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Femtosecond laser micromachining (FLM) of transparent materials is a research field that experienced a great expansion since its first demonstration, at the end of the nineties. This technology evolved from a pure research activity to a consolidated and versatile alternative to standard microfabrication technologies. Moreover, FLM has the unique capacity to realize three dimensional structures, opening the possibility to new architectures and devices.
The basic idea underneath this technology is the non-linear absorption. The peak intensity that is reached in the focal volume, when a femtosecond laser pule is focused inside the material, is so high to induce non-linear phenomena, such as multiphoton absorption or tunnel ionization, followed by avalanche ionization. These phenomena induce an energy transfer and a material modification localized only inside the focal volume, without affecting the surroundings. By moving the sample with respect to the beam focal point, is then possible to obtain three dimensional modifications with arbitrary geometry.
The basic components that can be realized, inside transparent materials, with this technique are optical waveguides and fluidic microchannels (the latter need a chemical attack as secondary fabrication step). Further operations that can be performed with the same setup are welding, cutting, surface treatment, etc. The combinations of all these possibilities results very useful in the fabrication of integrated devices like optofluidic or optomechanical chips, that are then characterized in other laboratories of the research group.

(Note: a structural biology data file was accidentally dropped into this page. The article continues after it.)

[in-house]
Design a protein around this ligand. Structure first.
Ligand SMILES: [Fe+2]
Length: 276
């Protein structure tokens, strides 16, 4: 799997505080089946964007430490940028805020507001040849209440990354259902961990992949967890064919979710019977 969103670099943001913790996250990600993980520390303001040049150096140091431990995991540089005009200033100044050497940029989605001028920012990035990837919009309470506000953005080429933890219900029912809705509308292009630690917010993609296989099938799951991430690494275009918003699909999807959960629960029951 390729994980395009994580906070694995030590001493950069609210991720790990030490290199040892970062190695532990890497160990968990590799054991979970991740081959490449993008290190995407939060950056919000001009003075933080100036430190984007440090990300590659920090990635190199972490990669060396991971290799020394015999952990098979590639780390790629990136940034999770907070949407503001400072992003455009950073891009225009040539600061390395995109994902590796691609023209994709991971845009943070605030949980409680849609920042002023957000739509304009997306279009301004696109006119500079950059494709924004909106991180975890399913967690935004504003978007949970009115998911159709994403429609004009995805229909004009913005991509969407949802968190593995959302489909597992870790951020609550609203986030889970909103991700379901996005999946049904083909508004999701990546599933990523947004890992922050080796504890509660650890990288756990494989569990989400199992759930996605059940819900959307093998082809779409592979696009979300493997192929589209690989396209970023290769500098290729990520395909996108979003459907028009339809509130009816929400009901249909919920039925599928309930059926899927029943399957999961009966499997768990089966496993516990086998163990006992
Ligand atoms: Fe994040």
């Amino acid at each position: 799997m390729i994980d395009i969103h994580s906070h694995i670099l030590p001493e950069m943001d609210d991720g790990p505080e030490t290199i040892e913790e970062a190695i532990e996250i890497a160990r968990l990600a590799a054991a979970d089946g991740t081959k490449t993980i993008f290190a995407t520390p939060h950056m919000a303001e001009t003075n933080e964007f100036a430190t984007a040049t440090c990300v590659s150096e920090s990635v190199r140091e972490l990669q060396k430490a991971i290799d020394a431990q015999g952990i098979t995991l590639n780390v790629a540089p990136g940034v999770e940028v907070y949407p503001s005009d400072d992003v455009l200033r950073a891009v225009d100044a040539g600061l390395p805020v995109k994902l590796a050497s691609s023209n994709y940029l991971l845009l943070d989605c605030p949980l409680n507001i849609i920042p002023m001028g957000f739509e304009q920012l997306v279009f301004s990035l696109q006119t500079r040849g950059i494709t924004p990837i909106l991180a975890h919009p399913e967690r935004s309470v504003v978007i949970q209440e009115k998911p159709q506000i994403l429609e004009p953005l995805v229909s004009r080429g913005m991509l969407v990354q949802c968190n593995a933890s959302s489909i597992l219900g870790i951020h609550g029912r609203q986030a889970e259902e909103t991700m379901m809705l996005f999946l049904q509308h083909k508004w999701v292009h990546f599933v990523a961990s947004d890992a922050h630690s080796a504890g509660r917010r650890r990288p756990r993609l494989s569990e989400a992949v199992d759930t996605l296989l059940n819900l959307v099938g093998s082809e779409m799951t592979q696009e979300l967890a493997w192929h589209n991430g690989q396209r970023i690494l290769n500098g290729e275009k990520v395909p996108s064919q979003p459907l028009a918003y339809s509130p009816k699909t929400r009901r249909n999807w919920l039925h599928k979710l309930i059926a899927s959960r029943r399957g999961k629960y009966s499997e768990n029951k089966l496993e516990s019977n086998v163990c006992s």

This laboratory is equipped with instrumentations for femtosecond laser micromachining performed inside the substrate volume (in case of transparent materials), or surface structuring of any king of material.

Laser sources

Two different laser sources are available. The first one is an Yb:KYW laser, working in mode-locking regime with cavity dumping. It provides pulsed with a duration of 300 fs and energy of 1.5 μJ with variable repetition rate, from 10 kHz to 1.1 MHz. This system has been developed in the framework of a collaboration between Max-Planck Institut di Heidelberg and HighQLaser GmbH, taking into consideration the target needs of FLM fabrication process. The second source is a commercial laser HighQLaser FemtoREGEN. It is based on an Ytterbium mode-locked oscillator with a pulse duration of around 400 fs, with pulse energy of 16 μJ and variable repetition rate, from 1 kHz to 1 MHz.

Fabrication equipment

Two different fabrication lines are present, and thanks to a system of mirrors, the two laser sources can be used on both the lines. The two lines are equipped with LBO crystal-based frequency duplication stage, so that it is possible to fabricate using either the fundamental laser frequency or their second harmonic. The first line is provided with an air cushion-based motion stage (Aerotech FiberGLIDE 3D), with a positioning precision of 50 nm and a maximum speed of 300 mm/s. The second line has a mechanical-air cushion hybrid motion stage with 100 nm precision and the possibility to use an SLM for multi-foci laser writing. Several microscope objectives are present, with different NA, from 0.3 to 1.4 to focus the laser beam into the substrate.